I began watching this short video from Ascension Press with the hope it would explain things because it’s titled “This is What it Means to Encounter Jesus.” What a disappointment. The friar commits sleight of hand at the end and switches to describing the fruits of encountering Jesus instead of the encounter itself, even though at the beginning he said he would explain the encounter with Jesus. Makes me think he doesn’t know what he’s talking about and hasn’t experienced an encounter himself but feels the need to refer to it, just like the bishop.
So I’m really beginning to suspect that people have no idea what the encounter really is or would be. Every explanation can be reduced to therapy, self-help, or psychology. But that’s not an encounter with Jesus.
It’s getting harder to maintain belief in the supernatural reality of the church when there’s nothing identifiably supernatural about what’s going on and the church herself is so corrupt and the bishops and the pope are causing scandal time and again, the latest being this Vatican health conference with Chelsea Clinton and Dr. Fauci as featured speakers. I sympathize with people who leave the church or who won’t come back to Mass. I completely get where they’re coming from.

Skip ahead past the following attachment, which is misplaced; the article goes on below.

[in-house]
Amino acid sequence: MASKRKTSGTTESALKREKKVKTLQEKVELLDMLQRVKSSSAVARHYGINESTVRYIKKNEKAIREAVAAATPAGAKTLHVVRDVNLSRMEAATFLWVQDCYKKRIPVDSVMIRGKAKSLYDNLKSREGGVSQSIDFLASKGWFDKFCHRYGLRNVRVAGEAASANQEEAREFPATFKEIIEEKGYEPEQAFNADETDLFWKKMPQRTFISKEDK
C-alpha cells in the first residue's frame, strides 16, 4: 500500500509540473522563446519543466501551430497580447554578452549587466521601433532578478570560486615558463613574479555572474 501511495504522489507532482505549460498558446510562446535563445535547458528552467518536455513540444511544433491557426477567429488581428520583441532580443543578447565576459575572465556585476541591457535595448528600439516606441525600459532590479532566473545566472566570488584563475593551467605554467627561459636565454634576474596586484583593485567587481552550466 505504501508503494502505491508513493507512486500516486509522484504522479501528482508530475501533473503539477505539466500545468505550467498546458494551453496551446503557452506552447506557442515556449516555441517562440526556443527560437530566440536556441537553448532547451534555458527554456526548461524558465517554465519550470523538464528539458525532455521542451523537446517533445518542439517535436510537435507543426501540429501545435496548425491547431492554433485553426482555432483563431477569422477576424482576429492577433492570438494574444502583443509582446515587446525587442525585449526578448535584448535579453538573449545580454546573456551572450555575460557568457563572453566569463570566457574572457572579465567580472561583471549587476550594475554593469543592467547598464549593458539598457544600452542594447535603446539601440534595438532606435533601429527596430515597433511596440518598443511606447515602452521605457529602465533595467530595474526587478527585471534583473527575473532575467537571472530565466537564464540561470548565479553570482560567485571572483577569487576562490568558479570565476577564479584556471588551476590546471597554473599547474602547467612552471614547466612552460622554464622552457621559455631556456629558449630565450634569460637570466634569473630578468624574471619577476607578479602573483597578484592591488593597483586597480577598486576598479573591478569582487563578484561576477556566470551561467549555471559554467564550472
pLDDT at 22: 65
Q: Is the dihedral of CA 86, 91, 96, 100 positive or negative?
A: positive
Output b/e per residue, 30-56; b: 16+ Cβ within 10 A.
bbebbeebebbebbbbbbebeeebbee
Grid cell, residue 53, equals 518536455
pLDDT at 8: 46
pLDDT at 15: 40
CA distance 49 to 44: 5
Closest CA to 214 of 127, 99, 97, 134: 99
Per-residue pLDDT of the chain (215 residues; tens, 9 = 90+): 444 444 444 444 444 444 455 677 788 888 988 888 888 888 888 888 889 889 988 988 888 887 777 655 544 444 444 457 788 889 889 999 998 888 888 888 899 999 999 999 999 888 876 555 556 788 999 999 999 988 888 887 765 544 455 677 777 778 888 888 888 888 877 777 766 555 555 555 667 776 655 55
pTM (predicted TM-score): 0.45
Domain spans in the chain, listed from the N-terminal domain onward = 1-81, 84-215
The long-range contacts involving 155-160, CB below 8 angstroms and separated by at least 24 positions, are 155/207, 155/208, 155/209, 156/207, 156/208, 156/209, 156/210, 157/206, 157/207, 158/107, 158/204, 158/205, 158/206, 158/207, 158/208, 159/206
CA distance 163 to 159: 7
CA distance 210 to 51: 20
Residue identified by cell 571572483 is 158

@ Kevin T. You are not alone. I somehow understand you. Holy people are capable of experiencing intense doubts, and the seeming loss of God’s consolations can be so painful. I have to remind myself daily that faith isn’t just a feeling; it is a decision. I also find it easier to pray for others rather than for myself, so perhaps I should put in a good word with Our Lord for me and for you, that we both can find it easier to experience joy and find healing in His presence. God Bless.
I have had “miracles” occur that consoled me, but space is too short to relate them all.
One Friday evening around dusk I had an urge that would not go away to drive over to a Catholic shrine with a gift shop. I just wanted to stay home. Nevertheless, I put on my street clothes, went to the shrine and found myself wheeling an older woman around in a wheel chair to get holy water and the picture of Jesus she had bought for her son blessed. At dark her son came in his truck.
I told a friend I felt the Holy Spirit sent me. She said the woman probably had prayed for help.
What is an encounter? It is just meeting someone. You encounter God in reading the Bible and in the Sacraments. God is everywhere. You are in Him and He is in you.
You are going through a purification and my understanding is that as people advance in holiness there are less and less sensible consolations.
Your search for an encounter is an encounter.
You have lost confidence in God and in the Church because of personal and social setbacks. Those don’t mean anything.
So what if the Pope invites people you don’t think much of to a health conference? So what? That does not mean anything.
Jesus said that scandals are inevitable. Proof right there. He knew 2000 years ago (actually from all eternity).
Strike the shepherd and the sheep will be scattered. Yep, He got that one right too.
Pray the way He told you to pray.